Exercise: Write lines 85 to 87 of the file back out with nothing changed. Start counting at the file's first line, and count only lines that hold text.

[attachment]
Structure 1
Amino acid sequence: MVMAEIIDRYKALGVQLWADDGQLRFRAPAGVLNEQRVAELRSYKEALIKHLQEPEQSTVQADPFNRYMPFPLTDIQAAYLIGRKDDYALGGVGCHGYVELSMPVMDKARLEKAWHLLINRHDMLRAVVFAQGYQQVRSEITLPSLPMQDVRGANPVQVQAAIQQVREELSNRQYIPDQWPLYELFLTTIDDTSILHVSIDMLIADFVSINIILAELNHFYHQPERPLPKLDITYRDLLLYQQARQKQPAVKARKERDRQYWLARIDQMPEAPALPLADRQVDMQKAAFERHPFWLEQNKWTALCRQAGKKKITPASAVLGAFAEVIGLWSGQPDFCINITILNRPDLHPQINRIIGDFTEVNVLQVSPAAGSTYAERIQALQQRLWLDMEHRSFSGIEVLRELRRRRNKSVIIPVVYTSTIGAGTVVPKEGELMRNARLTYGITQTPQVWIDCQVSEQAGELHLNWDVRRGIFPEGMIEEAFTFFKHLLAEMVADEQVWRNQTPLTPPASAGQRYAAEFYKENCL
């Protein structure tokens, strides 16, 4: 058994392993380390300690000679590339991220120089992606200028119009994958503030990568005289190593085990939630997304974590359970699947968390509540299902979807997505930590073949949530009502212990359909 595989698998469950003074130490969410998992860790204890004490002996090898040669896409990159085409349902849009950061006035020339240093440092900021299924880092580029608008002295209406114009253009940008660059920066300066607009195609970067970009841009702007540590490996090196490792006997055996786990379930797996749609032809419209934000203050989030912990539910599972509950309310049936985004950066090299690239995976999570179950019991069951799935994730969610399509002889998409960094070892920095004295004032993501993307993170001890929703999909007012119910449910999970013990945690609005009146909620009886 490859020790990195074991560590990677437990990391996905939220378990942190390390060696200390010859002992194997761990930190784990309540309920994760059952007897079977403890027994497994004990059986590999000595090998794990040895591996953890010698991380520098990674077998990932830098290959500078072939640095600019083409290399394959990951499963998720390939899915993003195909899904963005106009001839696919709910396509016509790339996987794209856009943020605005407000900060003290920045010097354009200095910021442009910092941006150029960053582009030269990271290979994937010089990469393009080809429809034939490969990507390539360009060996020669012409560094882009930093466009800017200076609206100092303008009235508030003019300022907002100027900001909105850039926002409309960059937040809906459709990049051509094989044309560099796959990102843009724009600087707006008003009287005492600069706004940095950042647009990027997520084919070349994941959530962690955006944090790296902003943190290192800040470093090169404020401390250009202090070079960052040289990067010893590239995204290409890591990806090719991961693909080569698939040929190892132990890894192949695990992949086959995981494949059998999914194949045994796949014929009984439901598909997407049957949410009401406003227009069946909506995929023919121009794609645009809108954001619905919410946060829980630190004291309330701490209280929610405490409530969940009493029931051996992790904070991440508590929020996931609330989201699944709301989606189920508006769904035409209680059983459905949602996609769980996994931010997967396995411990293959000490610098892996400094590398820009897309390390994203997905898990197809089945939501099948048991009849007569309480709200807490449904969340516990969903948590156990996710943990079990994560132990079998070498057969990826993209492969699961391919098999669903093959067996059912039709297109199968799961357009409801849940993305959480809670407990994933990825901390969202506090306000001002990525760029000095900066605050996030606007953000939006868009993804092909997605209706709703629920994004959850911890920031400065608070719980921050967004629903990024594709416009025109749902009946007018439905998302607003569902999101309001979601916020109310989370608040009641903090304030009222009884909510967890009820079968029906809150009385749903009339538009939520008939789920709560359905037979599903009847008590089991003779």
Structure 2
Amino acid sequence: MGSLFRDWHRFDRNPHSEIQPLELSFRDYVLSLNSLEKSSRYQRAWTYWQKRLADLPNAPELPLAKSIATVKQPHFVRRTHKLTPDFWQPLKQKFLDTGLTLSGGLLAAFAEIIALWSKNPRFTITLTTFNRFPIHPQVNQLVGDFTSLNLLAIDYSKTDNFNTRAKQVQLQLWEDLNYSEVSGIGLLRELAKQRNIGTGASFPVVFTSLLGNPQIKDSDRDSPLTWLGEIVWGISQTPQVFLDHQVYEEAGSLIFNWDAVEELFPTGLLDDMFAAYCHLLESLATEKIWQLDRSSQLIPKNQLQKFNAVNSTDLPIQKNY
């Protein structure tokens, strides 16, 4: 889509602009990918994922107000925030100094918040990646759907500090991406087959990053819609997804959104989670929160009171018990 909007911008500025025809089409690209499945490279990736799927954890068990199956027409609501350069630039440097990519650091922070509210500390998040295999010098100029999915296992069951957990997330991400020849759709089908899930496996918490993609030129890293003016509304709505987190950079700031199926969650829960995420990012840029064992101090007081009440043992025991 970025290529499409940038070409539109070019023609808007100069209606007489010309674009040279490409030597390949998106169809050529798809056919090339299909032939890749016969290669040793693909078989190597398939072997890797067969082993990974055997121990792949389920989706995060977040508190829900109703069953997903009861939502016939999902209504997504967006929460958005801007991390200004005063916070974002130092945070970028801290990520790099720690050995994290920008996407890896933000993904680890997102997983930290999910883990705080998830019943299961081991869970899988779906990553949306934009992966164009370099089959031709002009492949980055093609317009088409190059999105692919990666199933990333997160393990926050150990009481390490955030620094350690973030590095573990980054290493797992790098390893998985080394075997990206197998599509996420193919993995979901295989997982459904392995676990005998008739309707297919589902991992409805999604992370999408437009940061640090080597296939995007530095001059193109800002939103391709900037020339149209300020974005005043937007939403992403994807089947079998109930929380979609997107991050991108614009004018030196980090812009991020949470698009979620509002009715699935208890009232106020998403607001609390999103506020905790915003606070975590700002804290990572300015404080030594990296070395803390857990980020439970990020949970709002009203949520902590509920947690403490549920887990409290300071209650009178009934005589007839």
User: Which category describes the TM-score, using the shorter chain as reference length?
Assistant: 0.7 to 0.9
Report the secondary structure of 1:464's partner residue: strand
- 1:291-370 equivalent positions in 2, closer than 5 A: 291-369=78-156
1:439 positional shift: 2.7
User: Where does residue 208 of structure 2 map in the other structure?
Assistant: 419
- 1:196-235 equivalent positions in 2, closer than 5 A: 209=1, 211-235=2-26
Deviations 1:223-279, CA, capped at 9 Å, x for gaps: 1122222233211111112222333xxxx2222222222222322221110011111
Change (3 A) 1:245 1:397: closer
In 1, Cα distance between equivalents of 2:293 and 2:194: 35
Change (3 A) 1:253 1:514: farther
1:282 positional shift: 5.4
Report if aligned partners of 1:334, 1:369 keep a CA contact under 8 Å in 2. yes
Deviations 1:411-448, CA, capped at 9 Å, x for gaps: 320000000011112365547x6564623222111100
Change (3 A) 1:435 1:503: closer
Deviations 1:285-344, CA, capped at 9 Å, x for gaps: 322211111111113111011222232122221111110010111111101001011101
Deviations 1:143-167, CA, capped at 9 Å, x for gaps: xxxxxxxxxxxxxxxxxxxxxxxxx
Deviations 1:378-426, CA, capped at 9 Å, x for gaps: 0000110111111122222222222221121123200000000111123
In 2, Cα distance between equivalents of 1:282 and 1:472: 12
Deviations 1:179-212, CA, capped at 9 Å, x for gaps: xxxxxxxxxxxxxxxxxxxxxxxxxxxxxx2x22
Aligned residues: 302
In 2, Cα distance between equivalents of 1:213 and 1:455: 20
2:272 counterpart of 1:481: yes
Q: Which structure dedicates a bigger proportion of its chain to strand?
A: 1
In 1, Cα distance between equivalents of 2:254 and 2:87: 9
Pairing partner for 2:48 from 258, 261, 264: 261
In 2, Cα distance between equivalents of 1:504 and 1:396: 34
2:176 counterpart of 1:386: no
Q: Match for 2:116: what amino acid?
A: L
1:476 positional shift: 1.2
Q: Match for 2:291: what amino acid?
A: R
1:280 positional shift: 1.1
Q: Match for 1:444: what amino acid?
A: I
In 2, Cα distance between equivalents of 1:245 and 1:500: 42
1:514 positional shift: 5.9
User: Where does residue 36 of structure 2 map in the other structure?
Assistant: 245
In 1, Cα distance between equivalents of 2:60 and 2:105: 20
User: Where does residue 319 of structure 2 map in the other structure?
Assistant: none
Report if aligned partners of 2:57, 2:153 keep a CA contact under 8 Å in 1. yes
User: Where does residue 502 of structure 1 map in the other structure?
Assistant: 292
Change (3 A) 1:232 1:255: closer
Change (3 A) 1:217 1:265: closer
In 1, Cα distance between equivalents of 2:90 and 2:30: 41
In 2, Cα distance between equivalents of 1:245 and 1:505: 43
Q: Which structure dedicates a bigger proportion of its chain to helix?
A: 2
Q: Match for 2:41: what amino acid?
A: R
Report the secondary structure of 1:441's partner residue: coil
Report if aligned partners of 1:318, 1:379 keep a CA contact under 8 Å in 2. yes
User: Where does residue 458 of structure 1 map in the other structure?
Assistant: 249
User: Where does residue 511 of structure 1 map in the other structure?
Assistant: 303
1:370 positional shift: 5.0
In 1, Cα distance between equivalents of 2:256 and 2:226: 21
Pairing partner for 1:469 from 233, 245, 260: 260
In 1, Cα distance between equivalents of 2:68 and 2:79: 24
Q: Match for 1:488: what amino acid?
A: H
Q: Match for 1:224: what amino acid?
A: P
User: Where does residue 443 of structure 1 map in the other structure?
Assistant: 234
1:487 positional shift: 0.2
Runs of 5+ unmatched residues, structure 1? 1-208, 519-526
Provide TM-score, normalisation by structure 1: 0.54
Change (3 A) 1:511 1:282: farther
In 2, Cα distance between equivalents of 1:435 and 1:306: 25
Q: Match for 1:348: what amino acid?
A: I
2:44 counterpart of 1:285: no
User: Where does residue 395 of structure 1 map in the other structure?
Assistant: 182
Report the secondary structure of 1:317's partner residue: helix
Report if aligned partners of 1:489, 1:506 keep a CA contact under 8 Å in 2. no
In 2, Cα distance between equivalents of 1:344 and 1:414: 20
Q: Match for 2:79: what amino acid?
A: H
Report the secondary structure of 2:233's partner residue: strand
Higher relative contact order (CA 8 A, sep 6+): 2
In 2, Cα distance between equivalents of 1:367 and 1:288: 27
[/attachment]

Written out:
A: I
2:44 counterpart of 1:285: no
User: Where does residue 395 of structure 1 map in the other structure?